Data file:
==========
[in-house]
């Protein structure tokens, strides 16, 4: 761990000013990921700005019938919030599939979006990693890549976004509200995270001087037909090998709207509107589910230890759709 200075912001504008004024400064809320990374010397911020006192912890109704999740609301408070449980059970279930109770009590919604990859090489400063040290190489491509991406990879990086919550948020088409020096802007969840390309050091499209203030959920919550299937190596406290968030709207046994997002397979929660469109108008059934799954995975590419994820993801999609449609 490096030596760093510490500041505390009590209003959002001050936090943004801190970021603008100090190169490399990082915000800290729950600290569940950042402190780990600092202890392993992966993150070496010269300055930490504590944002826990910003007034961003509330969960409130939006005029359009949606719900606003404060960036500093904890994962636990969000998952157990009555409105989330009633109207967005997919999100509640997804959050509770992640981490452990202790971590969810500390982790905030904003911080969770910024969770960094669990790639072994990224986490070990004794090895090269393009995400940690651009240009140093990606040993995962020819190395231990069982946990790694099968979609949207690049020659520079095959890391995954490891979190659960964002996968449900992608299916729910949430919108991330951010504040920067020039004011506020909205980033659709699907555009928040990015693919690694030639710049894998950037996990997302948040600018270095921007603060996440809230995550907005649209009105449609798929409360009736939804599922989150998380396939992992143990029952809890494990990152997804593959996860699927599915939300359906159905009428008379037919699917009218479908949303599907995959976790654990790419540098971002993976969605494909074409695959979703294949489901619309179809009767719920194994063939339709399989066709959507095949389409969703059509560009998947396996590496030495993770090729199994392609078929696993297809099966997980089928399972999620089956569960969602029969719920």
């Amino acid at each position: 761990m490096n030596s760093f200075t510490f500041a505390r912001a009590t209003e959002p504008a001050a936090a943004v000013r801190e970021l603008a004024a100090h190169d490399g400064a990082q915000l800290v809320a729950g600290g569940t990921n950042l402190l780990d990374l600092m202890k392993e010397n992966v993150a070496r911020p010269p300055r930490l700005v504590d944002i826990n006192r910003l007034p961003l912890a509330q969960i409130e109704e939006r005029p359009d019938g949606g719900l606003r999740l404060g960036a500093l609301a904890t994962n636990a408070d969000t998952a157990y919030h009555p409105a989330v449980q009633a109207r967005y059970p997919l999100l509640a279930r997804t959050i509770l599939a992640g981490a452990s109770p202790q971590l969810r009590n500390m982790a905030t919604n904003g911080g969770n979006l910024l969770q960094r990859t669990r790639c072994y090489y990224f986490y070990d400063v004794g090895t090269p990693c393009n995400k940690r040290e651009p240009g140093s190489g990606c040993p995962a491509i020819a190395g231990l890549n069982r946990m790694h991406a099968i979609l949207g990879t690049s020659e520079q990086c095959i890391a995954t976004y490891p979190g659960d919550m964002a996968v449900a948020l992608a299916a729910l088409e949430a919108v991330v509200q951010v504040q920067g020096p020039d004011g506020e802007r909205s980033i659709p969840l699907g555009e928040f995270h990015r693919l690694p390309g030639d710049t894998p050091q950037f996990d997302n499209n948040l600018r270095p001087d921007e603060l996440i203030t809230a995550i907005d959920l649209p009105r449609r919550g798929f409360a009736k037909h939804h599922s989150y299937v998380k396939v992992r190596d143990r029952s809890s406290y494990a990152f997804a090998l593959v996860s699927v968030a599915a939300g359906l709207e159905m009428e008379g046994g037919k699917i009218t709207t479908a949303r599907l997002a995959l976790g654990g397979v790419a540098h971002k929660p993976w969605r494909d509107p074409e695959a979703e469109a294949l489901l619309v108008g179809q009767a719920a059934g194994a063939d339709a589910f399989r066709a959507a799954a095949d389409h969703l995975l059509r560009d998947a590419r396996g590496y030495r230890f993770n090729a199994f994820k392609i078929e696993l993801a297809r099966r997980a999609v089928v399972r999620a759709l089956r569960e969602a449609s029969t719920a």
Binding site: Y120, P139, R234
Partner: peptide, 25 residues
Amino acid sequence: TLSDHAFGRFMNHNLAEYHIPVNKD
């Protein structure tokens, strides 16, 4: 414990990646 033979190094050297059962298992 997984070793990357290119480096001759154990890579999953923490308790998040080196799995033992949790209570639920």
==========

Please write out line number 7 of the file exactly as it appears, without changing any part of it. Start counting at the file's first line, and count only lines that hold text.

């Protein structure tokens, strides 16, 4: 414990990646 033979190094050297059962298992 997984070793990357290119480096001759154990890579999953923490308790998040080196799995033992949790209570639920």